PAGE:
A direct wine shipper’s permit is available in Oklahoma. It allows for a licensed winery to ship up to six nine-liter cases of wine annually. See Okla. Stat. tit. 37A, §3-106.


Malt beverages, wine, and cider can be delivered directly to Oregon residents. Amount may not exceed two cases—containing no more than nine liters per case—to any resident per month. See Or. Rev. Stat. §471.223.


Up to 36 cases of wine of up to nine liters in a calendar year may be shipped to Pennsylvania residents with a direct wine shipper license. See Pa. Stat. tit. 47, §4-488.

Rhode Island

Any resident in Rhode Island who does not hold a wholesaler license may not receive a shipment of alcoholic beverages. See R.I. Gen. Laws §3-4-8.

South Carolina

Up to 24 bottles of wine per month may be shipped directly to consumers in South Carolina with a winery permit. See S.C. Code Ann. §61-4-720.

South Dakota

A wine direct shipping license is required to sell wine online and deliver it directly to South Dakota residents. Direct shippers may not ship more than 12 cases of wine—at a max of nine liters per case of wine—in any calendar year to any person. See S.D. Codified Laws Ann. §35-12B-1 et seq.


Wine may be shipped directly to residents of Tennessee with a direct shipper’s license. Cannot exceed a total of nine liters of wine per month per individual. See Tenn. Code Ann. §57-3-217.


A winery permit allows for the shipment of wine to Texas residents not in excess of nine gallons per month per individual or 36 gallons per year per individual. See Tex. Alcoholic Beverage Code Ann. §16.09.


Utah allows for the home delivery of wine under wine subscription programs. See Utah Code Ann. §32B-2-701 et seq.


Malt beverages and wine may be shipped directly to consumers. See Vt. Stat. Ann. tit. 7, §277.


Wine and beer may be shipped directly to consumers in Virginia with a wine shipper’s or beer shipper’s license. Not more than two cases of wine or two cases of beer per month. See Va. Code §4.1-209.1.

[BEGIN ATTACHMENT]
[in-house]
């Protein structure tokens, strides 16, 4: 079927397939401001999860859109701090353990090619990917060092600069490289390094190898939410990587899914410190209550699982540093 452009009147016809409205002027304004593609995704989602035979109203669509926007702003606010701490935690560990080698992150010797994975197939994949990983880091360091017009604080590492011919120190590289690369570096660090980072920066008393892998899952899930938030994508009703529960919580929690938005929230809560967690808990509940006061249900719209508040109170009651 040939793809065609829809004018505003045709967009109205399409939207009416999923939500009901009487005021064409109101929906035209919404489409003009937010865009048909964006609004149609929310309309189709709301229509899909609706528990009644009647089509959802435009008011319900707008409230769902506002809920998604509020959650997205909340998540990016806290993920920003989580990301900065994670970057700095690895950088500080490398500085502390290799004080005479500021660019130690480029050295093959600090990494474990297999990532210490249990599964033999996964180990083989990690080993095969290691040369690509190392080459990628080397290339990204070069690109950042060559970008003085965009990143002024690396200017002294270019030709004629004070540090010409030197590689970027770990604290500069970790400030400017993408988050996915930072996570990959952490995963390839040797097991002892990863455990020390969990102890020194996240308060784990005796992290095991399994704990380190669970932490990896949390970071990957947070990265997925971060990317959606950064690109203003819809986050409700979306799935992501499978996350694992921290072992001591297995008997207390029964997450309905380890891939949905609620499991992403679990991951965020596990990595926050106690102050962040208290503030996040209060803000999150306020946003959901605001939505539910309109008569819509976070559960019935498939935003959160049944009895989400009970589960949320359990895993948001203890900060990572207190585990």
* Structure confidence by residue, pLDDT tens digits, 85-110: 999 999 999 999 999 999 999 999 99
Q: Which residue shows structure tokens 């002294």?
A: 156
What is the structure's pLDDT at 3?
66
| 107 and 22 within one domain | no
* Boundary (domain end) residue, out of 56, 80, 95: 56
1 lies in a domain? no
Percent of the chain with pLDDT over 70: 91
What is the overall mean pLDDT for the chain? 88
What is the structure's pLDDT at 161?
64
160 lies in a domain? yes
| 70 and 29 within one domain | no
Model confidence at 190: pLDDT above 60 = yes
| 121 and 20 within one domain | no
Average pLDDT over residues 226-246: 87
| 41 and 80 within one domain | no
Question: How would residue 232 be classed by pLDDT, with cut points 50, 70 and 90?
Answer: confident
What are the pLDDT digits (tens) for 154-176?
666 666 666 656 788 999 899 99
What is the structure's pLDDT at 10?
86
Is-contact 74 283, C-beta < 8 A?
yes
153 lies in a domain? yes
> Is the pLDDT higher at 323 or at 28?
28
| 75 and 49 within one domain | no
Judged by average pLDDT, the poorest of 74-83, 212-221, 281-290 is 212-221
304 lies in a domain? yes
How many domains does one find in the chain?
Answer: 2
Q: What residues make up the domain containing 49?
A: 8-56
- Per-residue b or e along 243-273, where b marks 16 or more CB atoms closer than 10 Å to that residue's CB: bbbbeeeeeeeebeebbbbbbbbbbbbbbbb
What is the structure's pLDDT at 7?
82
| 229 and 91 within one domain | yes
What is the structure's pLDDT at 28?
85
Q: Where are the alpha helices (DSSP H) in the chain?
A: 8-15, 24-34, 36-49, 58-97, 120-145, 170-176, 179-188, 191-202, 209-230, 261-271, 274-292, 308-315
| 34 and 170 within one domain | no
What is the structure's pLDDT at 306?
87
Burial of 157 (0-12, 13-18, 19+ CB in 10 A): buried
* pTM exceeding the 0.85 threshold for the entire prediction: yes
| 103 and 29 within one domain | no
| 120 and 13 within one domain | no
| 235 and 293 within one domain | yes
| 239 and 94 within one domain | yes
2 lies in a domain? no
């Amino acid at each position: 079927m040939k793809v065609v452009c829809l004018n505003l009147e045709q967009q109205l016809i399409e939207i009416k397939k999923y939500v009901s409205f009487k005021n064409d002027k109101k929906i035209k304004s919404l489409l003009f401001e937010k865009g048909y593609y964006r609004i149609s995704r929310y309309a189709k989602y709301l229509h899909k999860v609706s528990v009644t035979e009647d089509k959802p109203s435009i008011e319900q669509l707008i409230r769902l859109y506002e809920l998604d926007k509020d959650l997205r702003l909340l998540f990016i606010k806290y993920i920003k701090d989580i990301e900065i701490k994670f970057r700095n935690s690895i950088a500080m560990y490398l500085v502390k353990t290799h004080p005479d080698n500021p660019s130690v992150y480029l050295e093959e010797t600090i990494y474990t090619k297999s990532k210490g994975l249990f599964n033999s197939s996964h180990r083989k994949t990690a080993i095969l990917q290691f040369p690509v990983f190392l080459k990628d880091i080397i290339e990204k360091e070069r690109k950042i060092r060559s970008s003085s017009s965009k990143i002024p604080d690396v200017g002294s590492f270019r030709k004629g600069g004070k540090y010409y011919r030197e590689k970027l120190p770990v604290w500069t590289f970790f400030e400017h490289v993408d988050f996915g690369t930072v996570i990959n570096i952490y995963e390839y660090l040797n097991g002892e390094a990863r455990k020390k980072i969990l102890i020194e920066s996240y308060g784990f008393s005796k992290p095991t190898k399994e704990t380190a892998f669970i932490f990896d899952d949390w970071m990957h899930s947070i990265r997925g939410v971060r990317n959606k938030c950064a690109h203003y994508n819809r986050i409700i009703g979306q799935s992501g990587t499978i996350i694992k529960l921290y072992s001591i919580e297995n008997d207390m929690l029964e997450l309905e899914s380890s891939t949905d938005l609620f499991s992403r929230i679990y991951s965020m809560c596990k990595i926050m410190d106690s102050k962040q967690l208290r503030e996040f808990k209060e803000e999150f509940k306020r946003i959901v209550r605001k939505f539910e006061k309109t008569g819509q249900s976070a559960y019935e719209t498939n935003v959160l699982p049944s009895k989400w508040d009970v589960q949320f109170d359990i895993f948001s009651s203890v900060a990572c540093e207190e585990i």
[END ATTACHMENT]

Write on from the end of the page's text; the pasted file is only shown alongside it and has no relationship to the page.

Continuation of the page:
Wine may be delivered to Washington residents with a wine shipper’s permit. See Wash. Rev. Code §66.20.360 et seq.

West Virginia

Wine may be sold and shipped directly to West Virginia consumers with a direct shipper’s license. Amount may not exceed two cases of wine per month per person. See W. Va. Code §60-8-1 et seq.


Wisconsin allows for direct delivery of wine with a direct wine shipper’s permit. No individual in Wisconsin may receive more than 108 liters of wine delivered annually. See Wis. Stat. §125.535.


Wine can be delivered directly to consumers in Wyoming. No more than a total of 36 liters of wine may be delivered to any one household throughout a 12-month period. See Wyo. Stat. §12-2-204.

All state information taken from NCSL.org and intended for reference only. Please verify state statutes and regulations independently before selling and shipping alcoholic beverages.

First thing’s first: you need your own state’s liquor retailer license.

After that, you’ve got a few choices.

You can partner with Drizly, Saucey, or a similar service and they’ll help you delivery locally.

Or you can partner with an ecommerce platform to create a storefront yourself. It’ll be a little harder, and you’ll need to sort out your own delivery, but the margins may ultimately be higher.

Whatever you choose, you’ll need to manage your alcohol inventory with a perpetual inventory system that depletes sales in real time. That’s where bar inventory software like BinWise Pro comes in. It automates beverage inventory management and gives you access to historical data immediately. That’s how profitable decisions are made.